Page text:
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Were there EVMs in the 1930s?

March 21, 2017


HOW can the opposition wrest power from Prime Minister Modi in 2019? If everybody is united and their votes are not split, the 41 per cent the prime minister’s party got with his allies in Uttar Pradesh, for example, would see him struggling against a united 59pc. Such wishful arguments have been heard in unyielding and combative liberal spaces over the last few days. Serious analysts, however, seem cautious about such a turn of events.

Some critics of the government have raised the issue of electronic voting machines (EVMs) as the more insurmountable of the challenges they could face in 2019, as if getting the incorrigibly fractious opposition together was the easier part.

In 2009, the anti-EVM boot was on the other foot. The Manmohan Singh government was returned for a second term in spite of (some say because of) its apparent soft handling of the Mumbai terror attack of November 2008. The BJP was not expecting Congress to win and one of its younger leaders shot off a complaint against the EVMs used in Dr Singh’s second election in the form of a book.

G.V.L. Narasimha Rao, currently the BJP’s spokesperson, titled his plaint Democracy at Risk! Can we trust our Electronic Voting Machines? Senior BJP leader Lal Kishan Advani wrote the foreword to the book, which was published in 2010.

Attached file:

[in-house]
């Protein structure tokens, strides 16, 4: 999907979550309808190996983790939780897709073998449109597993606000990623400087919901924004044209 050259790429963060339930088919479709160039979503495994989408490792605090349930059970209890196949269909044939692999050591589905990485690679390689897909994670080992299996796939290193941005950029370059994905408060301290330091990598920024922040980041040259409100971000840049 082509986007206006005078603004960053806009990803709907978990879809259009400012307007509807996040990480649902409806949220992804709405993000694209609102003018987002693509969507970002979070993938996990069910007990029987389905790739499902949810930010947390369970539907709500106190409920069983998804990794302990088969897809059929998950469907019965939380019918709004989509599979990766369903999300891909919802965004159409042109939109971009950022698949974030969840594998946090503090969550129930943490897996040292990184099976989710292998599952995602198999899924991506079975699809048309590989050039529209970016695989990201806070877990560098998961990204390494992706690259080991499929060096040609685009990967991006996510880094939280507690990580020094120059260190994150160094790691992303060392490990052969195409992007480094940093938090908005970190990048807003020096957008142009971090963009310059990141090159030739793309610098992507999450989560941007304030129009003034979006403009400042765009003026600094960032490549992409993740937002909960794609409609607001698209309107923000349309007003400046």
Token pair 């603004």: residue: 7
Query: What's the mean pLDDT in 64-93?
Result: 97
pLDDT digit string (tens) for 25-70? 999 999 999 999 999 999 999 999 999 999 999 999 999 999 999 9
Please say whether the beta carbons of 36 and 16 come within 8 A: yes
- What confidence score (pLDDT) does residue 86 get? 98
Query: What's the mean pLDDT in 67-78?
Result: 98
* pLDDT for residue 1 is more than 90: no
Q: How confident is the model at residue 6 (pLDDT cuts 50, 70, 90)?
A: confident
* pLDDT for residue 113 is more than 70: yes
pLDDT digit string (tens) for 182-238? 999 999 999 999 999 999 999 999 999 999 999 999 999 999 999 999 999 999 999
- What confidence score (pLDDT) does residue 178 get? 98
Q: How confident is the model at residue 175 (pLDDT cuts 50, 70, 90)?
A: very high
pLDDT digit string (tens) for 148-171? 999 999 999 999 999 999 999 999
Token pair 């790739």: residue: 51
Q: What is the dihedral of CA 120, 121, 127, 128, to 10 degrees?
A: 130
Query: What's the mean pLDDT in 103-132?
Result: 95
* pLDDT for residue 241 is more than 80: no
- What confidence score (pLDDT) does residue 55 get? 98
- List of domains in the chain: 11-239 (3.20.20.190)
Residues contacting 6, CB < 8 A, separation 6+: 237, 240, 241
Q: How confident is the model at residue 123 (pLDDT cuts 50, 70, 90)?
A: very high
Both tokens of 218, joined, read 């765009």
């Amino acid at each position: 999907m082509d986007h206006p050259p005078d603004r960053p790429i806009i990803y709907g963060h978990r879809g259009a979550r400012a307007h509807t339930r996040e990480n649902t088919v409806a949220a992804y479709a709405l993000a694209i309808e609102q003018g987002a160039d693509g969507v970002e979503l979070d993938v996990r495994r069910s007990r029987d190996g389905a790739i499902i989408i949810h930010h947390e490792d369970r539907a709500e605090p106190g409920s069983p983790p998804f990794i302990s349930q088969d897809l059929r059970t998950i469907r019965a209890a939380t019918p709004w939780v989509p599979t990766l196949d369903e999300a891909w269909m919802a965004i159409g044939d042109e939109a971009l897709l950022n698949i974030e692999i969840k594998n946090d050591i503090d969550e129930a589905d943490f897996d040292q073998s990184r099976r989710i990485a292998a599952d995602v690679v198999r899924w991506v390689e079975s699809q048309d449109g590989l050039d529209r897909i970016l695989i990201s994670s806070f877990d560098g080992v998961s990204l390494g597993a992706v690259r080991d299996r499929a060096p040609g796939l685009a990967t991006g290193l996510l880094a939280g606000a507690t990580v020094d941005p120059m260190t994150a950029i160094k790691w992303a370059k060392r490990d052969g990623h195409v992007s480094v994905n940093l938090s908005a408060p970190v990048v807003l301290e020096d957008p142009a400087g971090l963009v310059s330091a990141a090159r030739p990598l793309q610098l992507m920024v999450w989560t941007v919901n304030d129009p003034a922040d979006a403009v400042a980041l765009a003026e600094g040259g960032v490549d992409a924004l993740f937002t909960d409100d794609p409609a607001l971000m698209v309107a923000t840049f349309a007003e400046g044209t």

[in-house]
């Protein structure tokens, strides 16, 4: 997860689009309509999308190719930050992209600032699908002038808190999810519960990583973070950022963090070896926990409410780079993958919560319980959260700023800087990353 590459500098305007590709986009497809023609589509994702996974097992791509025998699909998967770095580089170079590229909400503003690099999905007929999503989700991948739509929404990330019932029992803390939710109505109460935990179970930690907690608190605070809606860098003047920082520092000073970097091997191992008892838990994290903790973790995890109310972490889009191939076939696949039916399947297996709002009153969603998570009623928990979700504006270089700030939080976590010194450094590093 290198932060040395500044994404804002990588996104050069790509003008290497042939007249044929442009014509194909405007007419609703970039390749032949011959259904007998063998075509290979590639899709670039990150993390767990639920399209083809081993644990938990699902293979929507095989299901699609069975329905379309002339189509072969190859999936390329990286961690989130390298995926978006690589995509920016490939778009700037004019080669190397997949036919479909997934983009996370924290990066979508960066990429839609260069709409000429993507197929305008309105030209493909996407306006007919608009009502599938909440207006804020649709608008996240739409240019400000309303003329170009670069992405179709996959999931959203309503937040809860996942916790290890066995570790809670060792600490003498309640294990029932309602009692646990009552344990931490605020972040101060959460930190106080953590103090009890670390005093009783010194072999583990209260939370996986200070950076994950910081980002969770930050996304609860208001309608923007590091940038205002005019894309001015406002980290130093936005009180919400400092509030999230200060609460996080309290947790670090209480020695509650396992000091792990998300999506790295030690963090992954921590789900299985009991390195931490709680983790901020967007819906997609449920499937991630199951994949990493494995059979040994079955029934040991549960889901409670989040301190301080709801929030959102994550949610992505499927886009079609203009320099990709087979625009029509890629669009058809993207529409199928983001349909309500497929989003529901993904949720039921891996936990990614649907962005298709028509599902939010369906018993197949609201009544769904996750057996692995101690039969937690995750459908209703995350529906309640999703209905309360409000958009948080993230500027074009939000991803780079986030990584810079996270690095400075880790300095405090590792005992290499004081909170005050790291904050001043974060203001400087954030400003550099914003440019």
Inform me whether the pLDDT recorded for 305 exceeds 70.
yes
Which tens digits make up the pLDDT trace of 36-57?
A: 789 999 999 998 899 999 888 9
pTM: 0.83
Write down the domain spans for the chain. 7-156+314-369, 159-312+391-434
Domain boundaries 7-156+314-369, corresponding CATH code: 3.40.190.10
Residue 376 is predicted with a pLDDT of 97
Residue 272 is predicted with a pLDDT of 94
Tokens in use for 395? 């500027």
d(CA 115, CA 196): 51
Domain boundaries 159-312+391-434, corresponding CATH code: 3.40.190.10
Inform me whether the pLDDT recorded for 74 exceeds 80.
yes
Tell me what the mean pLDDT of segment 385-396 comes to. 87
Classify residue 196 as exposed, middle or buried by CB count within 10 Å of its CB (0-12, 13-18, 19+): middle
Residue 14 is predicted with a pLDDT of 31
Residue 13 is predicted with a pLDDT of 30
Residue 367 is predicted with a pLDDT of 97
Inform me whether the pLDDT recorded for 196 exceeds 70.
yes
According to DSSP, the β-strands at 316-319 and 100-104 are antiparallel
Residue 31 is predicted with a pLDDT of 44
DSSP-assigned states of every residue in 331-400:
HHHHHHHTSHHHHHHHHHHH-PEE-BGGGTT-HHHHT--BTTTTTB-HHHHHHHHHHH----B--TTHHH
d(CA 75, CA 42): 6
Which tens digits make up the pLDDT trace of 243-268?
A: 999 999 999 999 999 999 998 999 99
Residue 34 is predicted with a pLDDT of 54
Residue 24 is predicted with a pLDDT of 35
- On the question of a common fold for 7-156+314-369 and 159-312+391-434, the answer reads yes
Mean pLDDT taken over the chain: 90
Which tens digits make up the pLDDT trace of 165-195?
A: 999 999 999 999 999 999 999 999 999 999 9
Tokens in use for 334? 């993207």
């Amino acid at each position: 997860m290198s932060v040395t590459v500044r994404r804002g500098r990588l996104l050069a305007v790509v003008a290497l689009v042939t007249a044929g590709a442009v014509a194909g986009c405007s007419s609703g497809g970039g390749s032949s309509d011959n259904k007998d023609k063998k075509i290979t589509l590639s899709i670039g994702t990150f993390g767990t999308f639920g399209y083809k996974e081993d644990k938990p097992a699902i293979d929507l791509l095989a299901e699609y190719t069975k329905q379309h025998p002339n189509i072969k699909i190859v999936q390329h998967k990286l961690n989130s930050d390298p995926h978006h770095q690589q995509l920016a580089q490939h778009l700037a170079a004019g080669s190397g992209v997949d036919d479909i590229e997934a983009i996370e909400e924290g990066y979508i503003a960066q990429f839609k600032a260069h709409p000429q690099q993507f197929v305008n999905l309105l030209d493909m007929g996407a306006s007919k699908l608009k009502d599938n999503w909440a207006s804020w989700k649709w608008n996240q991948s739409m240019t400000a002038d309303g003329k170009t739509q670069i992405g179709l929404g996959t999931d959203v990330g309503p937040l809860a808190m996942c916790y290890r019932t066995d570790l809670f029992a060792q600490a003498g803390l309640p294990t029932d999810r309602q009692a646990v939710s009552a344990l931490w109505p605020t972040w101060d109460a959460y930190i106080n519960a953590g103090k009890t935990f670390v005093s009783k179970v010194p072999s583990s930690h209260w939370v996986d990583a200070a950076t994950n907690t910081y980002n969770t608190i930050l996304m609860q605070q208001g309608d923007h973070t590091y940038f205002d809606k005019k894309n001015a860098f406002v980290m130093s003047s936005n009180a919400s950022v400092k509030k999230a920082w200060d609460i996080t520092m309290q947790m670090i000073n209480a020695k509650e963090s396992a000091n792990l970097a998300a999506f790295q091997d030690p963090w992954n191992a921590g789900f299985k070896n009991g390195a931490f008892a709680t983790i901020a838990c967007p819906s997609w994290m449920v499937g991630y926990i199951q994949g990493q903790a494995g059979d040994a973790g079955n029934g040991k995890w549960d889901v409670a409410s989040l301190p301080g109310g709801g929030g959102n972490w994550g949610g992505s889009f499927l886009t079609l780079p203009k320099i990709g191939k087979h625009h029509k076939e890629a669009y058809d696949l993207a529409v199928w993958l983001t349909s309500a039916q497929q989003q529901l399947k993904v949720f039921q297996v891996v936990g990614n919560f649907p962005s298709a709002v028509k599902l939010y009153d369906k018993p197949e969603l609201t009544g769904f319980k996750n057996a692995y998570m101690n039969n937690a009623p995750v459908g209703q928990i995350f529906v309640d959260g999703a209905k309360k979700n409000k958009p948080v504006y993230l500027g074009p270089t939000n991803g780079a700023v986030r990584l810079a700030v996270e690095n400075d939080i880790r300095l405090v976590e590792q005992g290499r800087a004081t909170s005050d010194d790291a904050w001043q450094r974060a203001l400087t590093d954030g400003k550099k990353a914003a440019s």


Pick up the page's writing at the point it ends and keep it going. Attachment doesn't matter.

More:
Electronic voting machines, like all other machines, are prone to errors and malfunctioning.

Around this time, Subramanian Swamy, another BJP stalwart, took the issue to the court. He argued forcefully that EVMs were a terrible idea and listed the number of countries that had rejected it. His comments against EVMs are available on YouTube but surprisingly no TV channel or newspaper wants to know how he feels about the system of paper-free voting today.

When the BJP scored a resounding victory in Uttar Pradesh recently, former chief minister Mayawati of the Bahujan Samaj Party (BSP) turned out to be a big loser. She immediately cast aspersions on EVMs and claimed the electronic system was rigged. Delhi Chief Minister Arvind Kejriwal was also perplexed by the less than handsome showing of the Aam Aadmi Party (AAP) in Punjab even though the new entrant emerged as the main opposition to the Congress there, which, according to him, unexpectedly won in Punjab.

Mr Kejriwal and Ms Mayawati are on the opposite ends of the probity scale. She is accused of corruption and he has been leading a campaign against corruption. But the two may have an amazing factor in common. Neither of them is known to have generous friends in the corporate world, certainly not of the scale that approaches their major rivals.

The AAP uses crowd sourcing to raise funds while Ms Mayawati reportedly counts on her candidates to fend for themselves. The effect of this could be similar to what renowned filmmaker Saeed Mirza told me years ago. He said if you don’t borrow money from the market, and get funded by the government, for example, your movie would struggle to find a theatre for a halfway decent release.